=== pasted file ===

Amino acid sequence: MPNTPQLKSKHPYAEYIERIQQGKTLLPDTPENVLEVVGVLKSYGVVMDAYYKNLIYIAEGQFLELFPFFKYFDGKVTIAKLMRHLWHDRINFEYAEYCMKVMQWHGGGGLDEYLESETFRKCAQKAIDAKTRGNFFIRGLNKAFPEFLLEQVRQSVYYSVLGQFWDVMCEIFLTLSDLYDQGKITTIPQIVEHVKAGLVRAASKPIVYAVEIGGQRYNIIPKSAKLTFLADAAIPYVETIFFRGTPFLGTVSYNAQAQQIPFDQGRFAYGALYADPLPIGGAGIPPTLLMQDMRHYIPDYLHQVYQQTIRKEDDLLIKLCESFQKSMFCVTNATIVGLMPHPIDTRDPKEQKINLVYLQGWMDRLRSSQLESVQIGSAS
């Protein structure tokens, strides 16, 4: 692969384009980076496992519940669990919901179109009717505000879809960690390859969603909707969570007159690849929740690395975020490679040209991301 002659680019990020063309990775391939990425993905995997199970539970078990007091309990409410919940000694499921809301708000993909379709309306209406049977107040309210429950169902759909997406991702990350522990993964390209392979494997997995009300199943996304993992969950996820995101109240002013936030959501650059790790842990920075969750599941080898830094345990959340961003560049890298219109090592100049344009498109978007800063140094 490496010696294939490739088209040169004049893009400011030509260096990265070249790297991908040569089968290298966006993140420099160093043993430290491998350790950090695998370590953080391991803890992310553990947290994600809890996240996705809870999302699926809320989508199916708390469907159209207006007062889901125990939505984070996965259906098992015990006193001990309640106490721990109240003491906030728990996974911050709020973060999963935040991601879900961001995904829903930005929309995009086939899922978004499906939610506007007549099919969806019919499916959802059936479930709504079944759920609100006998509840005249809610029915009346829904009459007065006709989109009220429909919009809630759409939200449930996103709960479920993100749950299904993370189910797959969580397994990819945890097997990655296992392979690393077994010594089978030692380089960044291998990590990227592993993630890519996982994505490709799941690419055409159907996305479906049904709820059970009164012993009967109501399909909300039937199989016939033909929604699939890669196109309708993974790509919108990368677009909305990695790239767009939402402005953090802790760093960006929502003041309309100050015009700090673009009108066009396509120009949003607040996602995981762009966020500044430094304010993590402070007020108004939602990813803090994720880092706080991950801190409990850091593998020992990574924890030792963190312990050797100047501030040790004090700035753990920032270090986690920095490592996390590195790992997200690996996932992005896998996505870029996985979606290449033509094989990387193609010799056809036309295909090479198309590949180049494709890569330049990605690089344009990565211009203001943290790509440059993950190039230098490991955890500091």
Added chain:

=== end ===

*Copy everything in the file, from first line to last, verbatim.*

Amino acid sequence: MPNTPQLKSKHPYAEYIERIQQGKTLLPDTPENVLEVVGVLKSYGVVMDAYYKNLIYIAEGQFLELFPFFKYFDGKVTIAKLMRHLWHDRINFEYAEYCMKVMQWHGGGGLDEYLESETFRKCAQKAIDAKTRGNFFIRGLNKAFPEFLLEQVRQSVYYSVLGQFWDVMCEIFLTLSDLYDQGKITTIPQIVEHVKAGLVRAASKPIVYAVEIGGQRYNIIPKSAKLTFLADAAIPYVETIFFRGTPFLGTVSYNAQAQQIPFDQGRFAYGALYADPLPIGGAGIPPTLLMQDMRHYIPDYLHQVYQQTIRKEDDLLIKLCESFQKSMFCVTNATIVGLMPHPIDTRDPKEQKINLVYLQGWMDRLRSSQLESVQIGSAS
């Protein structure tokens, strides 16, 4: 692969384009980076496992519940669990919901179109009717505000879809960690390859969603909707969570007159690849929740690395975020490679040209991301 002659680019990020063309990775391939990425993905995997199970539970078990007091309990409410919940000694499921809301708000993909379709309306209406049977107040309210429950169902759909997406991702990350522990993964390209392979494997997995009300199943996304993992969950996820995101109240002013936030959501650059790790842990920075969750599941080898830094345990959340961003560049890298219109090592100049344009498109978007800063140094 490496010696294939490739088209040169004049893009400011030509260096990265070249790297991908040569089968290298966006993140420099160093043993430290491998350790950090695998370590953080391991803890992310553990947290994600809890996240996705809870999302699926809320989508199916708390469907159209207006007062889901125990939505984070996965259906098992015990006193001990309640106490721990109240003491906030728990996974911050709020973060999963935040991601879900961001995904829903930005929309995009086939899922978004499906939610506007007549099919969806019919499916959802059936479930709504079944759920609100006998509840005249809610029915009346829904009459007065006709989109009220429909919009809630759409939200449930996103709960479920993100749950299904993370189910797959969580397994990819945890097997990655296992392979690393077994010594089978030692380089960044291998990590990227592993993630890519996982994505490709799941690419055409159907996305479906049904709820059970009164012993009967109501399909909300039937199989016939033909929604699939890669196109309708993974790509919108990368677009909305990695790239767009939402402005953090802790760093960006929502003041309309100050015009700090673009009108066009396509120009949003607040996602995981762009966020500044430094304010993590402070007020108004939602990813803090994720880092706080991950801190409990850091593998020992990574924890030792963190312990050797100047501030040790004090700035753990920032270090986690920095490592996390590195790992997200690996996932992005896998996505870029996985979606290449033509094989990387193609010799056809036309295909090479198309590949180049494709890569330049990605690089344009990565211009203001943290790509440059993950190039230098490991955890500091």
Added chain: